Legal and Social Affairs Division
The 2015 election is in the history books. Soon, 338 members of Parliament – a large number of them elected for the first time – will take their seats in the House of Commons to begin the first session of the new Parliament.
And as the dust settles, many are now likely wondering what happens in the meantime. And when will Parliament actually return?
On 2 August 2015, the Governor General issued three proclamations, all of them published in the Canada Gazette. One dissolved the 41st Parliament. A second, the Proclamation Issuing Election Writs, set the election day for 19 October and specified that the writs of election indicating who won in each riding were to be returned to the Chief Electoral Officer by 9 November.
The third summoned the House of Commons to meet on 16 November to begin the 42nd Parliament. However, the date for convening the new Parliament is not carved in stone. It can be changed by issuing another proclamation.
The election of a member of Parliament becomes official once the Chief Electoral Officer publishes a notice to that effect in the Canada Gazette and sends a letter of confirmation to the Clerk of the House of Commons.
Before they may take their seats in the House of Commons, MPs must swear or affirm allegiance to the Queen, as set out in section 128 of the Constitution Act, 1867.
The swearing-in ceremony is normally conducted by the Clerk of the House of Commons prior to the opening of Parliament. It occurs on an individual basis at the convenience of the MP. All MPs, not only those elected for the first time, must be sworn in.
As certified in the writ issued by the Chief Electoral Officer, new members begin receiving a sessional allowance – or salary – on the date of their election.
Formal opening of Parliament
Parliament formally opens on the day set by the proclamation. At this point, the members of the House of Commons have already taken their oaths of allegiance. Since 1986, the opening of the first session of a Parliament has taken place over two days.
Typically, on the first day, the Senate meets to receive a message confirming when the Governor General will arrive to formally summon Parliament, as well as to acknowledge the new Speaker of the Senate (if a new one has been appointed) and to swear in any new senators.
In the House of Commons, MPs’ first order of business is to elect a Speaker, as stipulated in section 44 of the Constitution Act, 1867.
On the second day, the Governor General attends the Senate Chamber to read the Speech from the Throne, which sets out, in very general terms, the new government’s program for the parliamentary session that will follow.
Traditionally, the members of the House of Commons are summoned to the Senate Chamber by the Usher of the Black Rod to hear the Speech.
Afterwards, they return to the House of Commons, where, after some formalities, they proceed with the debate on the Speech from the Throne, referred to as the “Address to the Governor General in Reply to the Speech from the Throne.” The debate is initiated by a member of the governing party.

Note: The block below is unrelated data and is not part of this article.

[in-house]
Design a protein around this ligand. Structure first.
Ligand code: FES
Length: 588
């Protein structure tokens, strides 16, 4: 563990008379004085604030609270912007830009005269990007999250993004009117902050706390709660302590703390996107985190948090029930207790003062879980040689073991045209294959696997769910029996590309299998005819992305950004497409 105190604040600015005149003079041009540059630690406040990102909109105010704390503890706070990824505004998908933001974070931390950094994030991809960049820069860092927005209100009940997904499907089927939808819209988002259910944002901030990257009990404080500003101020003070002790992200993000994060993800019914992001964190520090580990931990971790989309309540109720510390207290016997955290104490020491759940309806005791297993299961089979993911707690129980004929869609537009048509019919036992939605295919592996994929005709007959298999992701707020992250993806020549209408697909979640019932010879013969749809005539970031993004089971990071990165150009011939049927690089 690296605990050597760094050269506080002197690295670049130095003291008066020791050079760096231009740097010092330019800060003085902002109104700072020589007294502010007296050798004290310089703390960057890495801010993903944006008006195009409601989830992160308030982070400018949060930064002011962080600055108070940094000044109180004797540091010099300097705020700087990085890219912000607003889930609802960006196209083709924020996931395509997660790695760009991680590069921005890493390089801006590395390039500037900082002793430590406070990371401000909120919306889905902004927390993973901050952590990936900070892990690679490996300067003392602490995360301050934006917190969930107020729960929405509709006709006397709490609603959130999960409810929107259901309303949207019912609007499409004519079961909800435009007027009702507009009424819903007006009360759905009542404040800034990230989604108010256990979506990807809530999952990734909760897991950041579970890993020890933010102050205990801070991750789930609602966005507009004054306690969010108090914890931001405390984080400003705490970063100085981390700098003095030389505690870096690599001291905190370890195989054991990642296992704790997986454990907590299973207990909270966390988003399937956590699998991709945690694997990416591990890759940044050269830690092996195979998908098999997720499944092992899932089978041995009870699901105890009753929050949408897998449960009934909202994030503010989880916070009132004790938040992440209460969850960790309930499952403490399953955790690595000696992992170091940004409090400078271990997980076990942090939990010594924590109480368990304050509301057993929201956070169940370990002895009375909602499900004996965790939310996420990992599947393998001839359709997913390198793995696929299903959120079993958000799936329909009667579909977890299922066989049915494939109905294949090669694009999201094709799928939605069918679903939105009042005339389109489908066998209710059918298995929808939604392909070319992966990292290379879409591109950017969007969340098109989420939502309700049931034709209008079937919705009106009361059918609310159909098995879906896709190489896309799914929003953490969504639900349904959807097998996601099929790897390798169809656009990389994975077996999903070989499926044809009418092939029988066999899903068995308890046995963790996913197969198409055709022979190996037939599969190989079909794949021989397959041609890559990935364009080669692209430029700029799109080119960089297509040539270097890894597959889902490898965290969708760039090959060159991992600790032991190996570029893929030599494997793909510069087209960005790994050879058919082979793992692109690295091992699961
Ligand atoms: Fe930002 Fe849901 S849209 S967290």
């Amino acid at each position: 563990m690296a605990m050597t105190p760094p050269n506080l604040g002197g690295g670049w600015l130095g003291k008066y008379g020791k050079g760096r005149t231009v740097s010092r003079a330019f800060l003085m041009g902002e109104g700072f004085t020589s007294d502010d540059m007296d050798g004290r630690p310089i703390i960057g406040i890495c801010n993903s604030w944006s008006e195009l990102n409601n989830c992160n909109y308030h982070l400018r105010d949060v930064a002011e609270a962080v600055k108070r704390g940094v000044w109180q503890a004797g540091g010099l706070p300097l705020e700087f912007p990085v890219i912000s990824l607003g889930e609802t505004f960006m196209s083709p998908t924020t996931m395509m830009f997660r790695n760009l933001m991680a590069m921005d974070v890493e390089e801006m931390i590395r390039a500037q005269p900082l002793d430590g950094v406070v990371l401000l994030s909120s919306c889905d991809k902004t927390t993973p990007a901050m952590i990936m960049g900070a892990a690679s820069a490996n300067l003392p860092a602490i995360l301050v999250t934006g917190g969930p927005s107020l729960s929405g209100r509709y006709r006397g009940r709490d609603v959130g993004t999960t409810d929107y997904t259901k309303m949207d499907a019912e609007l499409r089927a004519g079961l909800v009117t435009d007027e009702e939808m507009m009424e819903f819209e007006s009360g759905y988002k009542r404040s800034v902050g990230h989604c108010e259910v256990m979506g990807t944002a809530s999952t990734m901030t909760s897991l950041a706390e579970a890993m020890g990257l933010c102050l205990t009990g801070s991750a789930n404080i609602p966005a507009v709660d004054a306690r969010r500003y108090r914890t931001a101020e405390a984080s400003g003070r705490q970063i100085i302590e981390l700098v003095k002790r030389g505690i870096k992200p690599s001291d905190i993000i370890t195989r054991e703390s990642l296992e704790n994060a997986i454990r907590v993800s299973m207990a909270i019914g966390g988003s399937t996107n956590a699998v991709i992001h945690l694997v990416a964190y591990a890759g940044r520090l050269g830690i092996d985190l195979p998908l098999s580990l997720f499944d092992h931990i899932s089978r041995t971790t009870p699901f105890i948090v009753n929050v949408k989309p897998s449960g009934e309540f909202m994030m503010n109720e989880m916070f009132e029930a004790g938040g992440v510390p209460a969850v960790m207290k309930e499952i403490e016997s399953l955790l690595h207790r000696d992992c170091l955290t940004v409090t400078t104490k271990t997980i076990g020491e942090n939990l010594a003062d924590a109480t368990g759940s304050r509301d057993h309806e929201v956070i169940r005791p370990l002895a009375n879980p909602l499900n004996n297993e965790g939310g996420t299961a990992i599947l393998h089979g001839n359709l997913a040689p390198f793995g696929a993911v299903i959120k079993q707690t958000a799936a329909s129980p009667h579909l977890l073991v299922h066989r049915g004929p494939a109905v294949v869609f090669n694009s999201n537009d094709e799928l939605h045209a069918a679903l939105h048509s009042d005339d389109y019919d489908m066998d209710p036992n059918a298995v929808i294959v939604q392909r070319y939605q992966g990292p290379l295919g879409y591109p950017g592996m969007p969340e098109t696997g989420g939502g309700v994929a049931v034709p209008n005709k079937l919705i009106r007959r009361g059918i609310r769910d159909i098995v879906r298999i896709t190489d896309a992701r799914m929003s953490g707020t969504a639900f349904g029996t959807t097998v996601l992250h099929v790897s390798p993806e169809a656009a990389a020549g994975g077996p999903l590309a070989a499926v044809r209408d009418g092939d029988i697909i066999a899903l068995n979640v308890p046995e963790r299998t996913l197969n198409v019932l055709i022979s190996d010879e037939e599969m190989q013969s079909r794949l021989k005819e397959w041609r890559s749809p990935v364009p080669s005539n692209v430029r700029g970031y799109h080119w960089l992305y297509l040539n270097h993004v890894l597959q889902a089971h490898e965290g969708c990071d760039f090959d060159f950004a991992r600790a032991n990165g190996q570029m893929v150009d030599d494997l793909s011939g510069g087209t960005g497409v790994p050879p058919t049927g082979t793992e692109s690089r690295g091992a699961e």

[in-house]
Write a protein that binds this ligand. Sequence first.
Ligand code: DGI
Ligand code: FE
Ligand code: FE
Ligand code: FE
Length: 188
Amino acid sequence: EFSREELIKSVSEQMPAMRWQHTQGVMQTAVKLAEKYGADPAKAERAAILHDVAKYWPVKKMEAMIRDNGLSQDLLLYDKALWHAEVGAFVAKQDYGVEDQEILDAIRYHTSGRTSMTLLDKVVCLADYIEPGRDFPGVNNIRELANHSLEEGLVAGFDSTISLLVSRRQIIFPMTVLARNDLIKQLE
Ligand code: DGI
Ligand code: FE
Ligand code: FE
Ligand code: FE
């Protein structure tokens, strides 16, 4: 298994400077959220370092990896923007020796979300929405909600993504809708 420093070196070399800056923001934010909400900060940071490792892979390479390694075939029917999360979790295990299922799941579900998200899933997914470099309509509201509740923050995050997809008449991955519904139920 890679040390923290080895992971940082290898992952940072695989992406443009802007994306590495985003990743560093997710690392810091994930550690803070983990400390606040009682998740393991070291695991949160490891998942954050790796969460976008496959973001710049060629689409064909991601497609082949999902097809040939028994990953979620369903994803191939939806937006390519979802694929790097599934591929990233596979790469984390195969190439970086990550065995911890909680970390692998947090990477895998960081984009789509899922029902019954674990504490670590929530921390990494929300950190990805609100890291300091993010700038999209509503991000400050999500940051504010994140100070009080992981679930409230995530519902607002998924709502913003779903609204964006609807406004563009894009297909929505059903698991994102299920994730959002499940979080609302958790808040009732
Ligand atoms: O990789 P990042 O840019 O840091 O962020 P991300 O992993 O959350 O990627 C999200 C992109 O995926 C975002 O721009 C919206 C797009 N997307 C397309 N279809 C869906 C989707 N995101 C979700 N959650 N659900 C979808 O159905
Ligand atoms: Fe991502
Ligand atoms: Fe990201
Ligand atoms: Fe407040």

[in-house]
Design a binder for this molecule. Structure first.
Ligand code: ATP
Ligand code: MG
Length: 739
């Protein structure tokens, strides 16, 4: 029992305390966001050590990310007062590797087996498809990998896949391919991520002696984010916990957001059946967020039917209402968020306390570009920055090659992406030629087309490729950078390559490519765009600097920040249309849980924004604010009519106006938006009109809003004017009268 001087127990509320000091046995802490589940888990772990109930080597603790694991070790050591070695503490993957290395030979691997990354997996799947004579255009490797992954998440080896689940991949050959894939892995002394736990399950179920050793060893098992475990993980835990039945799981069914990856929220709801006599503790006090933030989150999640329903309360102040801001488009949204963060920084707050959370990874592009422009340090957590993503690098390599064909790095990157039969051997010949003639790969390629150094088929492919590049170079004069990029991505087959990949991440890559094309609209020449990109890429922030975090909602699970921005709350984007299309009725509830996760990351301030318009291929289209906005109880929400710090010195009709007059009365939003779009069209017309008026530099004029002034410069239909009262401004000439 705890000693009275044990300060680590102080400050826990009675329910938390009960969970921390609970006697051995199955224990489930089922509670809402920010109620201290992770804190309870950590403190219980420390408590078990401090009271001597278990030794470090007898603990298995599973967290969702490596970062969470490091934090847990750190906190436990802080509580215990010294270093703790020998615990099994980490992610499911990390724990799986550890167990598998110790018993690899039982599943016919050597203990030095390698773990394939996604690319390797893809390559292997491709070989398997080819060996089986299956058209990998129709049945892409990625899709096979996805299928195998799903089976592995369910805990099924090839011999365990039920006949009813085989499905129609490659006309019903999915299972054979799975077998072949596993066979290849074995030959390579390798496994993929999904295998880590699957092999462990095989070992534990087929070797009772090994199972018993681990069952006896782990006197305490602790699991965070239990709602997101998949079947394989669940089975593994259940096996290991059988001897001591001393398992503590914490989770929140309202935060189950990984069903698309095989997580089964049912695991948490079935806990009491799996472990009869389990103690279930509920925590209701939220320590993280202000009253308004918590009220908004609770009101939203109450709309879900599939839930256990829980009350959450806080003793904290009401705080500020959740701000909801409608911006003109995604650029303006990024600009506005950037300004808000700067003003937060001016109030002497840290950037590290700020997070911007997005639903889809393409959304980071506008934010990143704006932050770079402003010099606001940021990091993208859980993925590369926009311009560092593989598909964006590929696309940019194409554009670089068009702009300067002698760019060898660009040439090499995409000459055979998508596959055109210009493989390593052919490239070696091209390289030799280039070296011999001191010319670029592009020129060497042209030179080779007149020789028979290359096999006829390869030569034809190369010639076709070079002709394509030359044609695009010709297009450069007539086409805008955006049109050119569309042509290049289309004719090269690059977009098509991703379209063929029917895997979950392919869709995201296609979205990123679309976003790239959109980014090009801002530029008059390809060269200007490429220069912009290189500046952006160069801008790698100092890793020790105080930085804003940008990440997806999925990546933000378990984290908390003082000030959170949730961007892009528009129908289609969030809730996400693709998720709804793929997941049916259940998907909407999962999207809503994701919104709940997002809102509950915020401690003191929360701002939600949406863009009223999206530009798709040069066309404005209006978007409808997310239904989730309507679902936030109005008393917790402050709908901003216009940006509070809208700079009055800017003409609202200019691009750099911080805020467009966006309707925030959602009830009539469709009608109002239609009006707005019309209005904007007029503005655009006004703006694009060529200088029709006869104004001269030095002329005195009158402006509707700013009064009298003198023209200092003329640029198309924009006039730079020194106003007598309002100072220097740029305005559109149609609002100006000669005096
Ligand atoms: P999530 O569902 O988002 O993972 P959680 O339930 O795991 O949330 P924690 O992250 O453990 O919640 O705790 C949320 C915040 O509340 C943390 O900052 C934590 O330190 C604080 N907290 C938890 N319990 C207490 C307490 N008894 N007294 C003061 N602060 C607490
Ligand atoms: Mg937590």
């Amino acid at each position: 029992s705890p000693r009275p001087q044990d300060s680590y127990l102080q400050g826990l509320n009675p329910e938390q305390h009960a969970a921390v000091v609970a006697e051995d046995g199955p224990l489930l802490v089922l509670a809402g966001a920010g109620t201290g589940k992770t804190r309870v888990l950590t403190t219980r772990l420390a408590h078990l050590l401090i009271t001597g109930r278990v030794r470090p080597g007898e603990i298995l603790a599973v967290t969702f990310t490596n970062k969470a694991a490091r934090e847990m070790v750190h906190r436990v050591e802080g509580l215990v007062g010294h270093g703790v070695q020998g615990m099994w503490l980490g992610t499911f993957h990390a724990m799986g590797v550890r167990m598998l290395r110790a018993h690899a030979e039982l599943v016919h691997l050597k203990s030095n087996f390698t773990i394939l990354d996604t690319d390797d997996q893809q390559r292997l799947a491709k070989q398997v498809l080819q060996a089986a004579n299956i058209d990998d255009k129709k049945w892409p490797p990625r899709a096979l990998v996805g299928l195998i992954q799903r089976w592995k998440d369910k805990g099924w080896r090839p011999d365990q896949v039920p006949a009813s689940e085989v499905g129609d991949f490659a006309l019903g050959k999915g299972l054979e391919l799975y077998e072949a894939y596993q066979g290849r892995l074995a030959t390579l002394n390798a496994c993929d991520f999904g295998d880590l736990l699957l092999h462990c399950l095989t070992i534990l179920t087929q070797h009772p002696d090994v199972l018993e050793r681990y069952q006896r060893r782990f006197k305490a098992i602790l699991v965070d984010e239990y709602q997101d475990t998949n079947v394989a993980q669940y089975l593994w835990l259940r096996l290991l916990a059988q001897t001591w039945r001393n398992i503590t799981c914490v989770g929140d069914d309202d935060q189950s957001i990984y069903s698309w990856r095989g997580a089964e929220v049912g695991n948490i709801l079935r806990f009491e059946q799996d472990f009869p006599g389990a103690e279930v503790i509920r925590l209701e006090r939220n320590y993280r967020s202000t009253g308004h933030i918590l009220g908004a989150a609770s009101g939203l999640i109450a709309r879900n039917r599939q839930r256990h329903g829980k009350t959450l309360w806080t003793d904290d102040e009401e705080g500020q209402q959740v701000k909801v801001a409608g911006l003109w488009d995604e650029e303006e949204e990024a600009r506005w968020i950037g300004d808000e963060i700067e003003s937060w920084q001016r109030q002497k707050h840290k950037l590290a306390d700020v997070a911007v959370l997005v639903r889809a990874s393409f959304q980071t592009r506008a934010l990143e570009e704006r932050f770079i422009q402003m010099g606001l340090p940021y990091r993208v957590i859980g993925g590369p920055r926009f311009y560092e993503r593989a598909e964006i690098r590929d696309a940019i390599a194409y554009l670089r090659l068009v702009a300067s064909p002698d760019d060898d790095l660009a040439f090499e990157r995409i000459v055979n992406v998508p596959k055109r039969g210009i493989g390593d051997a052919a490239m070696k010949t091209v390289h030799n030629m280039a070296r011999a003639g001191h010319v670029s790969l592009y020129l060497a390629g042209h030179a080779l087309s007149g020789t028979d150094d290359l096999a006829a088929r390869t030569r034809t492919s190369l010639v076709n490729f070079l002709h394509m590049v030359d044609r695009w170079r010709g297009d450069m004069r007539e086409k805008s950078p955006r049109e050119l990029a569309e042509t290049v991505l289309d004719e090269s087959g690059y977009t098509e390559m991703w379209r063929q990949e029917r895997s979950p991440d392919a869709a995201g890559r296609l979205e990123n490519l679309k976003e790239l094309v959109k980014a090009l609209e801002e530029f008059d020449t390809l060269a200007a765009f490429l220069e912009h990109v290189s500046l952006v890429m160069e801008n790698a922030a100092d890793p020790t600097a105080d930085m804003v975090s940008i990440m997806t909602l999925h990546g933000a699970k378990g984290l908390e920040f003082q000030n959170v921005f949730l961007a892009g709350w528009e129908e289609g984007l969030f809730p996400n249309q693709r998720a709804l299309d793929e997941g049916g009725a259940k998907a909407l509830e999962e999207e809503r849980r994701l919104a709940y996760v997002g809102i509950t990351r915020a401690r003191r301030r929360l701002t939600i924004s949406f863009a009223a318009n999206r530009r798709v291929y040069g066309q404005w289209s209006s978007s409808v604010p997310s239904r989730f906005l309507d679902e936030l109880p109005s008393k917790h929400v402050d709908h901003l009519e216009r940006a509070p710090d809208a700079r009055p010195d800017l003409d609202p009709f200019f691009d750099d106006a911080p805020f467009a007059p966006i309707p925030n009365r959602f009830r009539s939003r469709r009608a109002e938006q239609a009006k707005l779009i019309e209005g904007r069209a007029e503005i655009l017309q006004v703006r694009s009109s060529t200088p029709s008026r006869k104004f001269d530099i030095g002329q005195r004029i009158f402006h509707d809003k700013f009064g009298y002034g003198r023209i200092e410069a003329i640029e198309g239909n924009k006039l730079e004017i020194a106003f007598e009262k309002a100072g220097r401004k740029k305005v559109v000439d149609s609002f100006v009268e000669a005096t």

The Standing Orders of the House of Commons allow for up to six additional days of debate after the Speech is delivered. At the conclusion of debate, the motion on the Address to the Governor General in Reply to the Speech from the Throne is voted on. This vote is generally considered the first “vote of confidence” in the government.
Parliamentary committees serve an essential role in Parliament. They review legislation, scrutinize government spending and study issues of national interest.
To establish the committees, the House of Commons at the beginning of a new Parliament appoints the membership of its Standing Committee on Procedure and House Affairs.
Within 10 sitting days of its appointment, this committee prepares a report setting out the proposed membership of each standing committee and the House membership of each standing joint committee.
Within 10 days of the adoption of this report by the House, the committees are convened for the purpose of electing a chair and two vice-chairs. After these officers have been elected, each committee adopts a series of routine procedural motions so that it can organize its work.
In the Senate, a Selection Committee, consisting of nine senators, is appointed. The committee nominates a senator to preside as Speaker pro tempore (an acting Speaker who serves whenever the Speaker is unable to attend a sitting of the Senate), as well as senators to serve on most standing committees and standing joint committees. (There is a separate procedure for the Committee on Ethics and Conflict of Interest for Senators.)
As in the House of Commons, once the membership of committees has been established, each committee holds an organizational meeting at which it elects the chair and deputy chair and adopts certain procedural motions that allow it to function.
For more information: The Library of Parliament’s “Understanding Parliament” series
The Library of Parliament has prepared a series of six publications to provide parliamentarians, their staff and the public with an overview of the basics of Parliament. They are: